When there's nothing on Netflix, Channel 4's Come Dine with Me will always be my comfort watching - Gaby Soutar

It’s not the coolest series, but there’s pathos, drama and even karma
Group of people joining hands sitting at dinner table Pic: AdobeGroup of people joining hands sitting at dinner table Pic: Adobe
Group of people joining hands sitting at dinner table Pic: Adobe

Everyone always looks sorry for me when I say I’m a fan of Come Dine With Me.

I realise it’s pedestrian, but I can’t help it. This telly programme, which has been running since 2005, is as comforting as buttered toast.

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There’s the familiar theme tune, then we always fast-forward through all the spoilers.

As there are so many old series being re-aired, my husband invariably says ‘seen it’ as soon as we’re two minutes through the programme. I ignore him, and he’ll usually continue watching quietly.

I know whether it’s going to be a good episode or not, based on the contestants.

They always choose people who are destined to clash.

There will be the dude who says “I hate vegans”, then they’ll cut to the plant eater. Or there will be the one who detests loud people. Cue the opinionated type. They’ll find the fussiest eaters on the planet, who only like one food type, but will still judge completely subjectively. There was an excellent episode in 2016, when contestant Peter Marsh had a meltdown, upon losing, and told the winner that they had “all the grace of a reversing dump truck without any tyres on”.

We’re quite boring, in that we prefer it when they all get along.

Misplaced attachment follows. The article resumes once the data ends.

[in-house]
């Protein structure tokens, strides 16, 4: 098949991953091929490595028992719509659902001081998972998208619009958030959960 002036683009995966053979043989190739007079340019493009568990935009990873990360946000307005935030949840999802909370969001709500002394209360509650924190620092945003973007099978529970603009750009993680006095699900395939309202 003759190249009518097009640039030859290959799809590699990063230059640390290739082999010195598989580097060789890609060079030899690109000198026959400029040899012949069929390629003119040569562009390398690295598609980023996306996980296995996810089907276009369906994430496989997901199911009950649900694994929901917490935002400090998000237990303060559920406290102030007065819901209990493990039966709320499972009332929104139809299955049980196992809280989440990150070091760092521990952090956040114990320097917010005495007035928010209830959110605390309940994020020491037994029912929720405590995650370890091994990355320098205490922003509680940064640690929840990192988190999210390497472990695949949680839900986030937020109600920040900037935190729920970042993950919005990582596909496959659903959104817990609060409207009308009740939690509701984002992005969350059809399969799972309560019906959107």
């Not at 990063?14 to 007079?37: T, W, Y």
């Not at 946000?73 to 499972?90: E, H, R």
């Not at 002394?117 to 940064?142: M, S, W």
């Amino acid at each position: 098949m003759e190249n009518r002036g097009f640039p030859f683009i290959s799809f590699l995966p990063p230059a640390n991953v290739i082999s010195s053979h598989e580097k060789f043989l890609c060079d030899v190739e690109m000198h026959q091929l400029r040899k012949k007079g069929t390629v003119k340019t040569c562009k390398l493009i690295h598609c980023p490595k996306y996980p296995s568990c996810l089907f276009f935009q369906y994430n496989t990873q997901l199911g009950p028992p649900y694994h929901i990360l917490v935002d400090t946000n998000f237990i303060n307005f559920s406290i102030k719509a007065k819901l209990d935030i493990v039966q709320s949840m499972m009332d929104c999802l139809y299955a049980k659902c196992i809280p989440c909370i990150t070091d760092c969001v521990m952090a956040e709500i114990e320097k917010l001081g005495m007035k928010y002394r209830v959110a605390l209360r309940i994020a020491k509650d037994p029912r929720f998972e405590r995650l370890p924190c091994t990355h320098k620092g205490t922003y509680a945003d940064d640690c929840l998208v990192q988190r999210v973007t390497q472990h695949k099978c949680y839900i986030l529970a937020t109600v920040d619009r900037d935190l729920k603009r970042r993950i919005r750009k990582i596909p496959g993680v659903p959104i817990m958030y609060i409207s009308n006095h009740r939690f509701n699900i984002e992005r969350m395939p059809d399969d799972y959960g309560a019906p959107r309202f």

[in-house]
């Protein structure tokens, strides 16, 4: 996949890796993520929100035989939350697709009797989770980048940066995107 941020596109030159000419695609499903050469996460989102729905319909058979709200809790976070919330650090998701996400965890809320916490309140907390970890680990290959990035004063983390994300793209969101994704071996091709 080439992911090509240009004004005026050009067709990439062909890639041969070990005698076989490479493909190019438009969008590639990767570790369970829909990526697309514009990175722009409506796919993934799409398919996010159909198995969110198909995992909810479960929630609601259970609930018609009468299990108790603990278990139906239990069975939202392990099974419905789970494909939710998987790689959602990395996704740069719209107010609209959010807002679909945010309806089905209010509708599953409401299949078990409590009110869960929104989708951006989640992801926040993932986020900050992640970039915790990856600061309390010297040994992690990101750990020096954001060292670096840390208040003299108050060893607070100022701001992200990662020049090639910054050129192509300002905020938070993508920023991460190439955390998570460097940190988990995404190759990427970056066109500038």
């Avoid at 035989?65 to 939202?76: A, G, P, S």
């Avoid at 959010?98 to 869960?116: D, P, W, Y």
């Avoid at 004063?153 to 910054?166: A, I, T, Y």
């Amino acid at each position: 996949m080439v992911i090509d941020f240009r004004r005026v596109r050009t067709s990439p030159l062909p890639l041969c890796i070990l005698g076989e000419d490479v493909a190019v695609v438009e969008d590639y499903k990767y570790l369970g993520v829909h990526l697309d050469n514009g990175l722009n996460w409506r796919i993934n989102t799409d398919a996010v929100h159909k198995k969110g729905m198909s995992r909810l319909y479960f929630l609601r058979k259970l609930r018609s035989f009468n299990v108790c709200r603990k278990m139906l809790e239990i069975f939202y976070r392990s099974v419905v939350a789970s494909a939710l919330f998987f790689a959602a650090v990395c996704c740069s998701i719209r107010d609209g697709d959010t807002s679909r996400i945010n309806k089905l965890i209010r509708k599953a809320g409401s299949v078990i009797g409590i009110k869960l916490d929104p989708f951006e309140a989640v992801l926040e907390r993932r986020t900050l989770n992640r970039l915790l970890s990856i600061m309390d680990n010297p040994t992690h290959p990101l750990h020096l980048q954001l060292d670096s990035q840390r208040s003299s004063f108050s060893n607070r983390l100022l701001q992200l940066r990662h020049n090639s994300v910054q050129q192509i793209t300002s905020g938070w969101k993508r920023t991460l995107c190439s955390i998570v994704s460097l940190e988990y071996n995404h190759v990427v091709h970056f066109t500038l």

However, if they don’t, the narrator, Dave Lamb, is like the voice of God.

He’s there to redress the balance. If someone is especially horrible, his voice-over will knock them back into their mixing bowl.

It feels karmic and, unlike real life, the nasty people will usually lose.

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We also always enjoy Lamb’s pronunciation of ‘mango’. If you watch it, you will understand.

Of course, things always go wrong, in an Abigail’s Party style. The games are naff and someone will try to sing, or even rap, and make a total fool of themselves. The cheese souffles fail to rise, or the ice-cream is runny.

However, if food falls on the floor, it’s never scraped up and served, so they must have some food hygiene rules. Despite that, there’s always an occasional contestant who appears once, before vanishing with an undisclosed illness.

Another part of the appeal lies in seeing inside other people’s houses. It’s fascinating when the other participants unashamedly poke around boudoirs, and root around in their drawers.

I lost interest in the celebrity specials or lockdown-era programmes, when they used a rented property instead.

Anyway, it’s been a while since we’ve watched a new episode, so I hope there will be some in the pipeline.

Until then, I’ll have to put up with him saying ‘seen it’ whenever I press play.



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